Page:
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Tube Sock Leg Warmers

In my mind tube socks were always the territory of my older brother. Although tube socks factor prominently in some of my least favorite olfactory memories, I do have a deep fondness for the image of my gonzo brother bushwacking his way through adolescence in his always-mismatched tube socks.

I'm pretty sure that every American who lived through the seventies and eighties has a similar nostalgic feeling for tube socks. It seems that when such a humble object becomes so iconic to a whole generation then the power of design must be at work. The classic white tube sock with the three bright stripes under the knee is crisp and clean, but it also conveys a sporty confidence that is hard to resist.

And so in homage to timeless design and to my brother, who, in his forties, still sometimes shows up in two different tube socks, I decided to knit up a contemporary version of the classic tube sock. Instead of a replica pair of tube socks, I thought I'd shake things up a bit and make a pair of sassy little leg warmers. Perfect for young fashionistas and, why not?, even for us fogies who just have a really tender spot in our hearts for tube socks!

For this job I turned to Koigu's classic sportweight Kersti. Crepe spun for a clean finish and hand dyed for beautifully deep color, Kersti is as good as merino gets, durable and amazingly soft too!

The Materials

  • 4 total skeins of Koigu's Kersti, 100% Merino Wool. You will need 3 skeins of the Main Yarn (I used #0000) and 1 skein of the Contrast Color (these colors, from the left, are: #2100, #2229, and #2130).
  • A US #5, 12 inch circular needle.
  • A US #6, 12 inch circular needle.

The Pattern

Gauge

6 1/4 stitches = 1 inch in stockinette stitch

Finished Size

One size fits many: 12 inches around (stretching to approximately 18 inches around), and 16 1/4 inches long.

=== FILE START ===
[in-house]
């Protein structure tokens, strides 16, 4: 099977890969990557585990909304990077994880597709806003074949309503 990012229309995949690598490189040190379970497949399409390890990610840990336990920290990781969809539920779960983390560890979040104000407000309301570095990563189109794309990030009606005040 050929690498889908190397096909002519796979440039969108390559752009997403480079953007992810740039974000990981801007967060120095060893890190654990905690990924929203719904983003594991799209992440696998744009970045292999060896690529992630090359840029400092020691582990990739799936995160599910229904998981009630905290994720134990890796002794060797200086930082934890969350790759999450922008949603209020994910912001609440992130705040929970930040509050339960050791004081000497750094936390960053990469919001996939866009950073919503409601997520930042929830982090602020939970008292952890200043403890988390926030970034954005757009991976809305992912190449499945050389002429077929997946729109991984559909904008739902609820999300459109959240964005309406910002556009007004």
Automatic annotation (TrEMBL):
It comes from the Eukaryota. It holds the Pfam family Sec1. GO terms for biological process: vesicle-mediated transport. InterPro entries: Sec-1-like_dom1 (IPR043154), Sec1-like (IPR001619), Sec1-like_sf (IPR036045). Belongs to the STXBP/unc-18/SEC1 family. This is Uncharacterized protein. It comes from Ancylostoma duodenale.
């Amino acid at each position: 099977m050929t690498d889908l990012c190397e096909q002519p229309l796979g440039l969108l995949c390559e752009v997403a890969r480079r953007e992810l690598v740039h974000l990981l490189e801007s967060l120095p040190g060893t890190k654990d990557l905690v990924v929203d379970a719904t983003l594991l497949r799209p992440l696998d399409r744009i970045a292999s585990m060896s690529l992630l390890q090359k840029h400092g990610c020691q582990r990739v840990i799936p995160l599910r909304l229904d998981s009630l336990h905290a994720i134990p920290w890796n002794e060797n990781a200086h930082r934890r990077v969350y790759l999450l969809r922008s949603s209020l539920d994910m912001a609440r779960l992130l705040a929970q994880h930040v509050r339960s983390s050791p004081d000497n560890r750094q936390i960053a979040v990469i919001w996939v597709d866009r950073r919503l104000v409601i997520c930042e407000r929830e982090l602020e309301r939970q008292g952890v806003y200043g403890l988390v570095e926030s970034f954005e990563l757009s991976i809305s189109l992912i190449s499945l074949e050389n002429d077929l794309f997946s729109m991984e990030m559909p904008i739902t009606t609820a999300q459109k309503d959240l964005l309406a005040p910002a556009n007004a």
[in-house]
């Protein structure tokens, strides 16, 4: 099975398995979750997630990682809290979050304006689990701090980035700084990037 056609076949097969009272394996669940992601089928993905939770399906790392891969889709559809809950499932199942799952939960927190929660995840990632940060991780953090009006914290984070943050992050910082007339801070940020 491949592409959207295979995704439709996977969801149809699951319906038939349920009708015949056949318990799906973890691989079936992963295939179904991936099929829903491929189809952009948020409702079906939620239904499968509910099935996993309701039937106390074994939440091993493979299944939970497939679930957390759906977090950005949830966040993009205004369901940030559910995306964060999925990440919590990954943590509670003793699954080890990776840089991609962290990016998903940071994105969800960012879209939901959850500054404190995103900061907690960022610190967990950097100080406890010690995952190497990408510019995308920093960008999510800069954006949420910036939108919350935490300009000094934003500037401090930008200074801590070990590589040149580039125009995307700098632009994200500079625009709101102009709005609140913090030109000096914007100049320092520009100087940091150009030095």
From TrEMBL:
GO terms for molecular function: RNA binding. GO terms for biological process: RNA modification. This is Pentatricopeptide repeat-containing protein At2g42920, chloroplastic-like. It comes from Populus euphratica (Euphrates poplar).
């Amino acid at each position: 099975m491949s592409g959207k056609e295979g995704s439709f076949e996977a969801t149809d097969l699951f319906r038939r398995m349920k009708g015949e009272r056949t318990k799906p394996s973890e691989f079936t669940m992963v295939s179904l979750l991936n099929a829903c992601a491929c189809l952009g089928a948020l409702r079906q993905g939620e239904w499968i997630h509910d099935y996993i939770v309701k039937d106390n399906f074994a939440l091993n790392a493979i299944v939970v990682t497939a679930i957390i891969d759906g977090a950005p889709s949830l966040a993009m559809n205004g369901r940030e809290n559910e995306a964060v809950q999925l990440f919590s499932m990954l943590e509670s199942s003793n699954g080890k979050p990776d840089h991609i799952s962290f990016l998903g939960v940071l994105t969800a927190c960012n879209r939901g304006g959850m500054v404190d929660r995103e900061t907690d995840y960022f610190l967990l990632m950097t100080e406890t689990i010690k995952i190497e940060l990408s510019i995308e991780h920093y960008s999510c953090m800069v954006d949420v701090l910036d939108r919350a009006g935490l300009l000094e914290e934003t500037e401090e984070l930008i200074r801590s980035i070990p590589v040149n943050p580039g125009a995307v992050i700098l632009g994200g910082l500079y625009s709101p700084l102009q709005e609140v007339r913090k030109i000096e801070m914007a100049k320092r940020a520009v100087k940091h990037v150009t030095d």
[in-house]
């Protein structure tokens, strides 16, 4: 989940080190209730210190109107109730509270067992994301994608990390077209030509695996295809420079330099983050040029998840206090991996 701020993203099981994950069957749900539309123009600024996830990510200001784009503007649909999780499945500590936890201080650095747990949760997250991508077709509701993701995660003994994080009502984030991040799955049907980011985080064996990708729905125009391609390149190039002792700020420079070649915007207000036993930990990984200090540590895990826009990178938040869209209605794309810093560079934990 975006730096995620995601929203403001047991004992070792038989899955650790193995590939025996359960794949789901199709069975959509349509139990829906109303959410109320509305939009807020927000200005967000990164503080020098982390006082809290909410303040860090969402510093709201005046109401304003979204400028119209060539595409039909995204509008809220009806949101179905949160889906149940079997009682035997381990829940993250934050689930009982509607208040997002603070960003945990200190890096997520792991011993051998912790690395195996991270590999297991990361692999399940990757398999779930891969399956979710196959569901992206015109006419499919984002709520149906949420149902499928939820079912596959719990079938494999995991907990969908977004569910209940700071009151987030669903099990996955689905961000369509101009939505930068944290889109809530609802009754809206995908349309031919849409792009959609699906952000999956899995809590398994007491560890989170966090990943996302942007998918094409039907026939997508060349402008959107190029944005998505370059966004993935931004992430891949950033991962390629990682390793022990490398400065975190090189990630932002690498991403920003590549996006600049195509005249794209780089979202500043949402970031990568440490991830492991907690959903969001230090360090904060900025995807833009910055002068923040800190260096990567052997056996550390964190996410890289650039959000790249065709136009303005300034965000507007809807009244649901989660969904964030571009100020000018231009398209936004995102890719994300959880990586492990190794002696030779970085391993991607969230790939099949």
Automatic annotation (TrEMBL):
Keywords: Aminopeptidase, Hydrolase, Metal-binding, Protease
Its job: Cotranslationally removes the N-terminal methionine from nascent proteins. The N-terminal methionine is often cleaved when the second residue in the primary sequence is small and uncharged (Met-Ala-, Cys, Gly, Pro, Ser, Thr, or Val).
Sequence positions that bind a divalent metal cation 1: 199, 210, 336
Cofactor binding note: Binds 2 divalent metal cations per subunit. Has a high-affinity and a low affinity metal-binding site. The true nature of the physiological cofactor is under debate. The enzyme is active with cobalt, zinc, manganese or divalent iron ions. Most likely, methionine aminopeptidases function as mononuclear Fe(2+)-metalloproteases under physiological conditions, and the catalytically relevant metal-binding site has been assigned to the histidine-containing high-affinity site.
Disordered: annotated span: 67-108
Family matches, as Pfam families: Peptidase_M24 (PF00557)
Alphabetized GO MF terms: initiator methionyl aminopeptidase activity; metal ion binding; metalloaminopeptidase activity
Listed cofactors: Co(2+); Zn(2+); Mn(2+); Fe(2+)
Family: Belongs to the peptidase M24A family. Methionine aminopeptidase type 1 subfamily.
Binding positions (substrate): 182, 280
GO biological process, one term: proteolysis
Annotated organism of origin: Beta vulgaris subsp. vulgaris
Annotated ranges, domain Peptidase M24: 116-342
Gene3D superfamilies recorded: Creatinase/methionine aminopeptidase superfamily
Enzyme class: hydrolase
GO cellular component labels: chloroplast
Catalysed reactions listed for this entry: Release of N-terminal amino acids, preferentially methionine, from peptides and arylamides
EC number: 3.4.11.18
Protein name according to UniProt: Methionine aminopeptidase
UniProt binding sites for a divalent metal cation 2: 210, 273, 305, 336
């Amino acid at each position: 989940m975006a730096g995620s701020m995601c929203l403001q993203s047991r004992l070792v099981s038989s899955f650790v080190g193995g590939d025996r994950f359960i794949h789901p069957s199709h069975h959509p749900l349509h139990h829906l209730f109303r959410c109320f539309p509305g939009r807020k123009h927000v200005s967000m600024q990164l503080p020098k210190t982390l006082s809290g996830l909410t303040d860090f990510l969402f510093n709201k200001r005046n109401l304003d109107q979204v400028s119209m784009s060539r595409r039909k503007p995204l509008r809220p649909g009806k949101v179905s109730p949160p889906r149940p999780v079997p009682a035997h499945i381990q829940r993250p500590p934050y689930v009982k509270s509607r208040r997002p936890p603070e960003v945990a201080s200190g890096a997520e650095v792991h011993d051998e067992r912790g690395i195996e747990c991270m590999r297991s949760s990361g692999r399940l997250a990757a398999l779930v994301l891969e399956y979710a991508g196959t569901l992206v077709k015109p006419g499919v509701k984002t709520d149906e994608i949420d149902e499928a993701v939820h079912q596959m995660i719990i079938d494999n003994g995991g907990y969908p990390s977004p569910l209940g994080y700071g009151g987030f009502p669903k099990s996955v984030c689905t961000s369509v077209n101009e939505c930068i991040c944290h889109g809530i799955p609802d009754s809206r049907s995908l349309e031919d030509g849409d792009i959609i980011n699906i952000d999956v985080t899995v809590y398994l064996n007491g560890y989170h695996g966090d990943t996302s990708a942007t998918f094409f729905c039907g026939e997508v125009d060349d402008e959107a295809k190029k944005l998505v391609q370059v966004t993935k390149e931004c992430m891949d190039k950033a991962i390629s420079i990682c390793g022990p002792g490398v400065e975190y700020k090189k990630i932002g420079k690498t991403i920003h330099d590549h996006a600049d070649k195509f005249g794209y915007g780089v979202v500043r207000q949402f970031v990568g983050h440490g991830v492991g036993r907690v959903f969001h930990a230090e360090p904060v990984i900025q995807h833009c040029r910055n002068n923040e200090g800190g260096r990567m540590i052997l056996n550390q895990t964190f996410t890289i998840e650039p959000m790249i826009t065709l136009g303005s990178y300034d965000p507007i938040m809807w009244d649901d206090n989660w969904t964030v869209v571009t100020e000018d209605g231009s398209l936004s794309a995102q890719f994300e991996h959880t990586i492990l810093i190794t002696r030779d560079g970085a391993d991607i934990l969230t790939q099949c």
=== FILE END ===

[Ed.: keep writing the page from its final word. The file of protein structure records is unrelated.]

To adjust the sizing, just cast on any multiple of four stitches. For example, for smaller sizes you would cast on 64, 68, or 72 stitches and for bigger sizes, 80, 84, or 88 stitches. (For much bigger sizes you may want to purchase one extra skein of the Main Yarn, unless you plan to make your leg warmers shorter than 16 1/4 inches.)

 

With the Main Yarn and the smaller needle, cast on 76 stitches.

Place a marker and join to work in the round, being careful to not twist your stitches.

Round 1: *K2, p2, repeat from * to end of round.

Repeat Round 1 until piece measures 3 inches from cast on edge.

Change to larger needle and knit 10 rounds.

With the Contrast Yarn, knit 4 rounds.

With the Main Yarn, knit 3 rounds.

With the Contrast Yarn, knit 6 rounds.

With the Main Yarn, knit 3 rounds.

With the Contrast Yarn, knit 4 rounds. Cut the Contrast Yarn.

With the Main Yarn, knit another 7 1/2 inches.

Change to the smaller needle.

Next Round: *K2, p2, repeat from * to end of round.

Repeat the last round until bottom cuff measures 2 inches.

Bind off in the 2 x 2 rib pattern.

Cut the yarn and weave in ends.

Then make another!

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16 Responses to Tube Sock Leg Warmers


  1. Sharon says:

    How many paIr does the pattern make? Can't wait to try these!

  2. purl bee says:

    Hi Sharon-

    The pattern makes one pair.

    Thanks for your nice comment and question!

  3. Amy says:

    Hi! I'd love to make these for my baby. Do you have an idea of how many stitches to first cast for an infant size? These are fantastic!

  4. purl bee says:

    Hi Amy-

    This baby legwarmer story uses the same yarn as it's base so it could easily be adapted into a version of these. Here is the link: http://www.purlbee.com/baby-leg-warmers-for-mila/